Volatility expected to continue ahead of U.S., China job data
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Asia stocks largely steadied Thursday after European and U.S. equities overnight showed scant reaction to big stock declines a day earlier in the region.
While more moderate than Wednesday, selling continued in China, South Korea and Taiwan. But Japan's Nikkei Stock Average rebounded, rising 1.2% after Wednesday's 2% decline, the most since March.
"We're seeing Asia markets find stability," said Jingyi Pan, a market strategist at IG Group. "Fundamentals haven't really changed, so investors will be looking for opportunities to buy."
But Pan said she expects market volatility to continue ahead of Friday's November readings on Chinese trade and U.S. jobs.
A softer yen gave exporter shares a lift, particularly tech stocks, with Nintendo (7974.TO) and Hitachi (HTHIY) advancing about 2%.
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Still, the Nikkei, which is off 1.6% so far this week, is on track for its biggest weekly decline in three months.
Elsewhere, Australian stocks shrugged off a smaller-than-expected October trade surplus for the country.
The S&P/ASX 200 rose 0.6% as utilities stocks jumped 1.2% and the Australian dollar hit session lows following the report. The reading added to prospects the central bank might not raise interest rates next year; a rate-tightening environment cools sentiment for dividend plays like utilities.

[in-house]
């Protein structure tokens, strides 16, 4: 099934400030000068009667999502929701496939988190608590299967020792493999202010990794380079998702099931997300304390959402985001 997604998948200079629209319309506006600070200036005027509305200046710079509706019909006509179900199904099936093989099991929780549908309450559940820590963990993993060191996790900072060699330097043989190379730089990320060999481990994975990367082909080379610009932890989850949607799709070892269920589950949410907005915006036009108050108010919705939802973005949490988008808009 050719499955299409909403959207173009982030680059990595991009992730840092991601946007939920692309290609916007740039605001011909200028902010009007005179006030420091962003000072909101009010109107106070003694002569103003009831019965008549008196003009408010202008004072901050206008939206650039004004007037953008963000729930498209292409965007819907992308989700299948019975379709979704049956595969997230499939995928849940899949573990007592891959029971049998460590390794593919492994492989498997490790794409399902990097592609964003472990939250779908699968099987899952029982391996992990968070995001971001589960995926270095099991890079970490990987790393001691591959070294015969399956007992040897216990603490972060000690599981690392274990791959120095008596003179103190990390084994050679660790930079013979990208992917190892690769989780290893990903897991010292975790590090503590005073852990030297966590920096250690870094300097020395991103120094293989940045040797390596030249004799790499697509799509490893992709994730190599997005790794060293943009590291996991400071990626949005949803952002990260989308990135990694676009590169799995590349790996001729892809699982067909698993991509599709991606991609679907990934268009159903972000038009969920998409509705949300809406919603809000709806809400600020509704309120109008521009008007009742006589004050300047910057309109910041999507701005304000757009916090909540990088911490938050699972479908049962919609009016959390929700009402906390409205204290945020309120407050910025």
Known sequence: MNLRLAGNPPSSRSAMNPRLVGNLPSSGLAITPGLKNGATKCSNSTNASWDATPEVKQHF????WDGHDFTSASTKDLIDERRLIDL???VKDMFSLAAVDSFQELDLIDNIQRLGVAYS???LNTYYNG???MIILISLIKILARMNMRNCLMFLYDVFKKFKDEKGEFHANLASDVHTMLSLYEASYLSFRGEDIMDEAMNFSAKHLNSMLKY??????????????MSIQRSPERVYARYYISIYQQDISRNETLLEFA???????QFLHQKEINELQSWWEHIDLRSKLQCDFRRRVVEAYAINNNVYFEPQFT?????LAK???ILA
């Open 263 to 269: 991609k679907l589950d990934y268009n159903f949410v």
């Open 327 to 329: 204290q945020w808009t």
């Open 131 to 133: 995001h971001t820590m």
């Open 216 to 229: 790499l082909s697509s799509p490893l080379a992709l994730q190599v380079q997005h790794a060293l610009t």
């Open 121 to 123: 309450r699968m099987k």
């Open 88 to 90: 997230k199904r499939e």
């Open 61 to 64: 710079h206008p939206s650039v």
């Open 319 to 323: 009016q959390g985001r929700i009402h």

Meanwhile, pollution controls in China, Australia's biggest trading partner, will crimp manufacturing activity and "restrain the demand for Australia's iron ore," while currency fluctuations hit services trade, said Capital Economics' Paul Dales. "It may only be a matter of months before the trade surplus turns into a deficit," he said.
In China, stocks extended their recent weakness Thursday, with major indexes in Shanghai and Shenzhen down.
Amid the softness in Chinese shares, the Hang Seng Index has fallen nearly 7% in two weeks, cooling one of the world's best-performing indexes. Hong Kong's benchmark stock index was flat midday as Chinese auto makers listed there continued their slide.
South Korea's Kospi fell 0.5% despite an uptick for index-heavyweight Samsung. Taiwan's Taiex was off 0.4% as its biggest stock, Taiwan Semiconductor (2330.TW) , dropped 1.3%. The two tech companies' downgrade by Morgan Stanley helped stoke the recent global selloff in tech stocks.
Away from stocks, bitcoin continued to surge, hitting $14,000 for the first time early Thursday, according to CoinDesk, after breaching the $12,000 mark for the first time a day earlier.
Oil futures rose 0.3% in Asia after a near-3% slide overnight in the U.S., following the jump in gasoline supplies last week. That raised questions about demand for the fuel, as well as the near-term need for oil.
(END) Dow Jones Newswires
December 06, 2017 23:29 ET (04:29 GMT)